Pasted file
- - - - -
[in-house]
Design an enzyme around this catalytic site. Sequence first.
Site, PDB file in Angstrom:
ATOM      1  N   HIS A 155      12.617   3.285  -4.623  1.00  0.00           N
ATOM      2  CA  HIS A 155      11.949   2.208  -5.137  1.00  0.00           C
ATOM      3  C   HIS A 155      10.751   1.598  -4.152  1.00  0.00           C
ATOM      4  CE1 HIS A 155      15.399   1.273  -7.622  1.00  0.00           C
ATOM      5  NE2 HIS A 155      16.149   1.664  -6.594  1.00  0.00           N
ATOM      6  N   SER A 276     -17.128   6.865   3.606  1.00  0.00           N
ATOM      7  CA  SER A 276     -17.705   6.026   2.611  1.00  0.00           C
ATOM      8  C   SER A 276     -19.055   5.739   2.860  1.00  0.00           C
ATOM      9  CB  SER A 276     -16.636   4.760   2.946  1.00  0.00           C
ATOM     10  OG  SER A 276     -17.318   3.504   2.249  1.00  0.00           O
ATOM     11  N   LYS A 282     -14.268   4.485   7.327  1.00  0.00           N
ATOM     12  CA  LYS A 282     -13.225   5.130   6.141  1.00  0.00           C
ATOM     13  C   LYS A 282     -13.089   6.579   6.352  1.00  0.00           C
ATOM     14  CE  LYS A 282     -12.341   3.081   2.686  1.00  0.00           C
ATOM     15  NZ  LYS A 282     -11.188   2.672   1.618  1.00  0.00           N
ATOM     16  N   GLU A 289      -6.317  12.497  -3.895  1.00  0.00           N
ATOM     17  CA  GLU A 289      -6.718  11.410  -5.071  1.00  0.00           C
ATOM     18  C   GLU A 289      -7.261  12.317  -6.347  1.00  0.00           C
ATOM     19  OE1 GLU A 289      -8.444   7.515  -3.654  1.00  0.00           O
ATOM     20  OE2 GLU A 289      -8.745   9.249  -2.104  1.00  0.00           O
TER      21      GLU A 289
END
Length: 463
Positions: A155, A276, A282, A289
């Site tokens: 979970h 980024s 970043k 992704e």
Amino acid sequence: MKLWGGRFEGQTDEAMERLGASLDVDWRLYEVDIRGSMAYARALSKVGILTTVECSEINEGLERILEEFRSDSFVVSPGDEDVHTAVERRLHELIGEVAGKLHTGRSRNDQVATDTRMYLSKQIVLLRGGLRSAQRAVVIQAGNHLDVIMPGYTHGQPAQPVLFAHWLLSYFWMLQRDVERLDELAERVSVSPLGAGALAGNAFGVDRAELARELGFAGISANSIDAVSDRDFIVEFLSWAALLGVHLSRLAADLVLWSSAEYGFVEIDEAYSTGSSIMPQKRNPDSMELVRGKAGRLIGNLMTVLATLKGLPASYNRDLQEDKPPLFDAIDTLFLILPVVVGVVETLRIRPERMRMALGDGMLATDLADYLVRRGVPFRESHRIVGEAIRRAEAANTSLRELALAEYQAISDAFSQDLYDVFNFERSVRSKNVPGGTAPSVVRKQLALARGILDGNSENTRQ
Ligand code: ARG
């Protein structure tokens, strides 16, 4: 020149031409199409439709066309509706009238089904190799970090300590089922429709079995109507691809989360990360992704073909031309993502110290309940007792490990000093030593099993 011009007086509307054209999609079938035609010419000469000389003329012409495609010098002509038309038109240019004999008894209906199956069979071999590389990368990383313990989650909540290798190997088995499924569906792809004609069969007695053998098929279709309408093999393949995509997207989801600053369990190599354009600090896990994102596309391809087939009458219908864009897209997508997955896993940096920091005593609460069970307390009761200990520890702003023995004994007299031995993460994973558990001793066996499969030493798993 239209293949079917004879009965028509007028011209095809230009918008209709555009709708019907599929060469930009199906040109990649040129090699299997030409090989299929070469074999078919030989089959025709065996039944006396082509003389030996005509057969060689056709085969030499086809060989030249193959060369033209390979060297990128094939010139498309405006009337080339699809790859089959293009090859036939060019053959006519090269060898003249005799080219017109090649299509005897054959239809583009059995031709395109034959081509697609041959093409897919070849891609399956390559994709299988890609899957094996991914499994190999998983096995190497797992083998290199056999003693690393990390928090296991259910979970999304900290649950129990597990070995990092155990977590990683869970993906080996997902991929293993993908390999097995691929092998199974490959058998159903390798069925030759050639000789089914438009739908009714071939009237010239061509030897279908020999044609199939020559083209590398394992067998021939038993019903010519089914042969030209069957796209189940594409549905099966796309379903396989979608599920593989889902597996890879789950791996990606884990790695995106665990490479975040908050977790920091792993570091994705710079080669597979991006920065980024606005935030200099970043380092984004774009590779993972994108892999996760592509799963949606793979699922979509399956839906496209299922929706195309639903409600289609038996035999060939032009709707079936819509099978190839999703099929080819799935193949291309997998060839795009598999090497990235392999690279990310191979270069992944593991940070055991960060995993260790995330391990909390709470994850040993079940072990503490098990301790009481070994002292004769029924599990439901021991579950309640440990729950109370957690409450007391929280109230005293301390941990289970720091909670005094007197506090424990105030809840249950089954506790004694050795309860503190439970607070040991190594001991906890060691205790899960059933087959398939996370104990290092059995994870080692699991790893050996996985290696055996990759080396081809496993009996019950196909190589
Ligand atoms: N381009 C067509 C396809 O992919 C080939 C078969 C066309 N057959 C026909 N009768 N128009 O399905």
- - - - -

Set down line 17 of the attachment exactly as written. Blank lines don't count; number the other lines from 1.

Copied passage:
ATOM     14  CE  LYS A 282     -12.341   3.081   2.686  1.00  0.00           C